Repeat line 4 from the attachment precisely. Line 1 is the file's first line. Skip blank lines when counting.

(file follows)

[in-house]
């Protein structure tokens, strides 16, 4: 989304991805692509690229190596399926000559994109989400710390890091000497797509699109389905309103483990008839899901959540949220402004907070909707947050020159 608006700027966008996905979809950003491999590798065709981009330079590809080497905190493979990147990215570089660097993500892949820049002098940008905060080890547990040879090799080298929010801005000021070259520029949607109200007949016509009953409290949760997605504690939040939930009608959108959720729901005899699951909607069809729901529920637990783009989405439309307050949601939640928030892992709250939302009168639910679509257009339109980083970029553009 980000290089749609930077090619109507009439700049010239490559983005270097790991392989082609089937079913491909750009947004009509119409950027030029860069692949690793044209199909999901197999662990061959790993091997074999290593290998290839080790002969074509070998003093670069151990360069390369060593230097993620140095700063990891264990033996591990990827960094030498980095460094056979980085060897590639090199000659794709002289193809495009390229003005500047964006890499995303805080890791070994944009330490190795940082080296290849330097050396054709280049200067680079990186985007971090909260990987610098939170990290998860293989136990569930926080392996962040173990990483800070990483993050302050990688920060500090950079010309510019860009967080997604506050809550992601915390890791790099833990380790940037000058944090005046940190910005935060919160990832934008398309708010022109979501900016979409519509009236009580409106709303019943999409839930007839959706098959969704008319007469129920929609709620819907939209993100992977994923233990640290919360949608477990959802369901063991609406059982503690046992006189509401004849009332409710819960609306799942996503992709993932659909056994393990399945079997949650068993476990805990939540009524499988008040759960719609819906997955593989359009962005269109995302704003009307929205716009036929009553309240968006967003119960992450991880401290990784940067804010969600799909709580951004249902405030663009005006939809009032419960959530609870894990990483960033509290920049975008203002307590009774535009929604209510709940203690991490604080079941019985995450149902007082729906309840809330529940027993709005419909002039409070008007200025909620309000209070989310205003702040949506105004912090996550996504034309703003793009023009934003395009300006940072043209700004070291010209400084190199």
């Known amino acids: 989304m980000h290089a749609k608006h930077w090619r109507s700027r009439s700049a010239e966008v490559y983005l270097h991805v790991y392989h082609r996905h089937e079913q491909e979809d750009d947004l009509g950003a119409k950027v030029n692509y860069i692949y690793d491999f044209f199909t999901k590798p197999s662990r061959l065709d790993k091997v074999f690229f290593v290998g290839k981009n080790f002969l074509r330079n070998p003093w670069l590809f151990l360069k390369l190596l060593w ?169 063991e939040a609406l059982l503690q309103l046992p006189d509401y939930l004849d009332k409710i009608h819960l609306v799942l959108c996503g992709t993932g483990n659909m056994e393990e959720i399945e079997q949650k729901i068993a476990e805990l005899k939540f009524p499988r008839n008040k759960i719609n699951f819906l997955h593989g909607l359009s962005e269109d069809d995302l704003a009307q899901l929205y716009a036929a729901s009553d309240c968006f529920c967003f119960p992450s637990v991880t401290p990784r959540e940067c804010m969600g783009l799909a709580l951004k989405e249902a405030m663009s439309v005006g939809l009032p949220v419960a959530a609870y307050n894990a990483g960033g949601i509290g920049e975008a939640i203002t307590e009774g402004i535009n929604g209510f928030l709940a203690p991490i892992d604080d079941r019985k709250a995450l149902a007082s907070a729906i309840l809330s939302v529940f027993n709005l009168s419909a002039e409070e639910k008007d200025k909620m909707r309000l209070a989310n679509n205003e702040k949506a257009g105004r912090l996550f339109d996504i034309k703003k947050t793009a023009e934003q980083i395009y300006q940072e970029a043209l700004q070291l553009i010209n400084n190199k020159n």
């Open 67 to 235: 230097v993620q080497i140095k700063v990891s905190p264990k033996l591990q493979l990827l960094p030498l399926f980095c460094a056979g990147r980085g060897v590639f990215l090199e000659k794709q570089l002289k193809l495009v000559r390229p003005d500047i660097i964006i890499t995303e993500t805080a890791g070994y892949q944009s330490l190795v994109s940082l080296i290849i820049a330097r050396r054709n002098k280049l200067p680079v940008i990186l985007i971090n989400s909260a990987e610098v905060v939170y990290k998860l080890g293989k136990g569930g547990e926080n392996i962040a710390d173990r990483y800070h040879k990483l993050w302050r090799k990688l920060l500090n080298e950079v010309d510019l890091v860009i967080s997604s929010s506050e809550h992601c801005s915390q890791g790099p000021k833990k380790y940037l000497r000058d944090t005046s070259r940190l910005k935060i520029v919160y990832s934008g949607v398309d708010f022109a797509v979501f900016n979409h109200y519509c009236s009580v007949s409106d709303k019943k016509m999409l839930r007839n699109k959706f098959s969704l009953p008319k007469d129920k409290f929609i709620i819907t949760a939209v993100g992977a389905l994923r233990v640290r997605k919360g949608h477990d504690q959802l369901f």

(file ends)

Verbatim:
């Open 67 to 235: 230097v993620q080497i140095k700063v990891s905190p264990k033996l591990q493979l990827l960094p030498l399926f980095c460094a056979g990147r980085g060897v590639f990215l090199e000659k794709q570089l002289k193809l495009v000559r390229p003005d500047i660097i964006i890499t995303e993500t805080a890791g070994y892949q944009s330490l190795v994109s940082l080296i290849i820049a330097r050396r054709n002098k280049l200067p680079v940008i990186l985007i971090n989400s909260a990987e610098v905060v939170y990290k998860l080890g293989k136990g569930g547990e926080n392996i962040a710390d173990r990483y800070h040879k990483l993050w302050r090799k990688l920060l500090n080298e950079v010309d510019l890091v860009i967080s997604s929010s506050e809550h992601c801005s915390q890791g790099p000021k833990k380790y940037l000497r000058d944090t005046s070259r940190l910005k935060i520029v919160y990832s934008g949607v398309d708010f022109a797509v979501f900016n979409h109200y519509c009236s009580v007949s409106d709303k019943k016509m999409l839930r007839n699109k959706f098959s969704l009953p008319k007469d129920k409290f929609i709620i819907t949760a939209v993100g992977a389905l994923r233990v640290r997605k919360g949608h477990d504690q959802l369901f």